Home on the Range: Biogeographic Distribution of Bison in Arizona


  • Sarah E Wolff University of Arizona School of Anthropology, University of Arizona Tucson, AZ 85721


Bison, Biogeography, Arizona, Southwest historical ecology


The American bison are traditionally thought of as animals of the vast plains and grasslands, but paleontological and archaeological evidence supports the view that the biogeographic range of bison extended throughout the continental United States to include the American Southwest and Arizona. During the Pleistocene (2,588,000 BP to 11,700 BP), there are several paleontological and archaeological signatures of bison herds in Arizona. From approximately 12,000 BP to AD 1 there is no evidence for bison in the area. This changes around AD 1 when the climate became more favorable, and bison expanded back into Arizona. The last historic bison remains in Arizona date to AD 1650. From AD 1650 until the early 1900s, there are no bison documented in Arizona. Reintroduction of bison to Arizona’s national forests and ranches began in the early 1900s and continues to today. Bison can still be seen on the Arizona landscape demonstrating the temporal longevity of the biogeographic distribution of bison in Arizona.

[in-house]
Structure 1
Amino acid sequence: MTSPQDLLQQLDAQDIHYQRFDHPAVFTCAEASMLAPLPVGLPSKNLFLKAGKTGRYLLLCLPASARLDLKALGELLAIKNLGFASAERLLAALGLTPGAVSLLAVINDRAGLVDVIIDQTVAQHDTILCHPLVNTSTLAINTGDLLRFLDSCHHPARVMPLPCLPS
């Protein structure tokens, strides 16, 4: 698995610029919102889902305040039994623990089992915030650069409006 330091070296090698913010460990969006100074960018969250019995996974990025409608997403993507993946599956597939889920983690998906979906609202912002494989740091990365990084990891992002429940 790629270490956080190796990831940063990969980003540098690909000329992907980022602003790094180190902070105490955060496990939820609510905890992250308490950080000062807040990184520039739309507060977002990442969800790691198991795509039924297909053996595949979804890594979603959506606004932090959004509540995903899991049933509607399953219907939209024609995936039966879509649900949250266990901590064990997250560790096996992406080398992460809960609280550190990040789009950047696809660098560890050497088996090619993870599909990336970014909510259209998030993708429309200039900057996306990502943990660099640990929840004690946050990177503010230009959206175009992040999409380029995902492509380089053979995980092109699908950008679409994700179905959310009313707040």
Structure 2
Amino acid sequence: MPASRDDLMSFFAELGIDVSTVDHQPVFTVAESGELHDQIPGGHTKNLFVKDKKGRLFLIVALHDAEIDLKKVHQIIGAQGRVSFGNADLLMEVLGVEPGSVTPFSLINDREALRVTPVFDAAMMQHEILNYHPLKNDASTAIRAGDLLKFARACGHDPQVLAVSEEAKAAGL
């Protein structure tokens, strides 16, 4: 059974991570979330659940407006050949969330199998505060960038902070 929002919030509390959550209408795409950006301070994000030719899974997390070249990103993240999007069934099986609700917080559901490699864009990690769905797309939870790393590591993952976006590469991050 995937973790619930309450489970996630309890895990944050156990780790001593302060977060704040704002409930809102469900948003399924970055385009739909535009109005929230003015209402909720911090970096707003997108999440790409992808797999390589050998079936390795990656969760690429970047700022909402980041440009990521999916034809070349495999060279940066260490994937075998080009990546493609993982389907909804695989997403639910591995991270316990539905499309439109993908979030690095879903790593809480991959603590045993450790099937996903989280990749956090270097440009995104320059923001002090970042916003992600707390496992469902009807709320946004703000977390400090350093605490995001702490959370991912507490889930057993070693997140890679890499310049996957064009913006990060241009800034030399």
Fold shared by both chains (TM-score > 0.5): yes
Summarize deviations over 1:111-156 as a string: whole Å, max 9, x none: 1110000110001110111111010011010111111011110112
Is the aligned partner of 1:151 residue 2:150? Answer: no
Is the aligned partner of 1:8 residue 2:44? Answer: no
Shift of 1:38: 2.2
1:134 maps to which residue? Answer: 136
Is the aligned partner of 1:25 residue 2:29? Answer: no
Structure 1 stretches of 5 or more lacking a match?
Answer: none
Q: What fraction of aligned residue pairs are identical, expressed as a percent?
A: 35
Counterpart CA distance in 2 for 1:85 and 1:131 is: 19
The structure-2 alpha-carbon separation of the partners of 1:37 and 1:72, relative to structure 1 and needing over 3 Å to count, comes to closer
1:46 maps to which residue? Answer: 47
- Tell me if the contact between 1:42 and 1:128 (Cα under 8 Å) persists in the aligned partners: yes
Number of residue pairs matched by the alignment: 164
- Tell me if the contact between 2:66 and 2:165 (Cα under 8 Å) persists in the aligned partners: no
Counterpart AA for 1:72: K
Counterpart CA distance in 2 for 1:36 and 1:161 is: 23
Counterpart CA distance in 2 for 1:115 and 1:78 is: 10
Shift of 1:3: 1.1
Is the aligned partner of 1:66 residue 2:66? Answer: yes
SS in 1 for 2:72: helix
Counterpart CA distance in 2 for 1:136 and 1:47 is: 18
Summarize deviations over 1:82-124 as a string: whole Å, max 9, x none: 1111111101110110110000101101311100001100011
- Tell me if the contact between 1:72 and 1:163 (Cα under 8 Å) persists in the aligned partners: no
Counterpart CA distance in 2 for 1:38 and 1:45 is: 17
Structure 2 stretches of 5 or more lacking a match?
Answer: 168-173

Map of the distribution of sites containing extinct bison in Arizona. Map by S. Wolff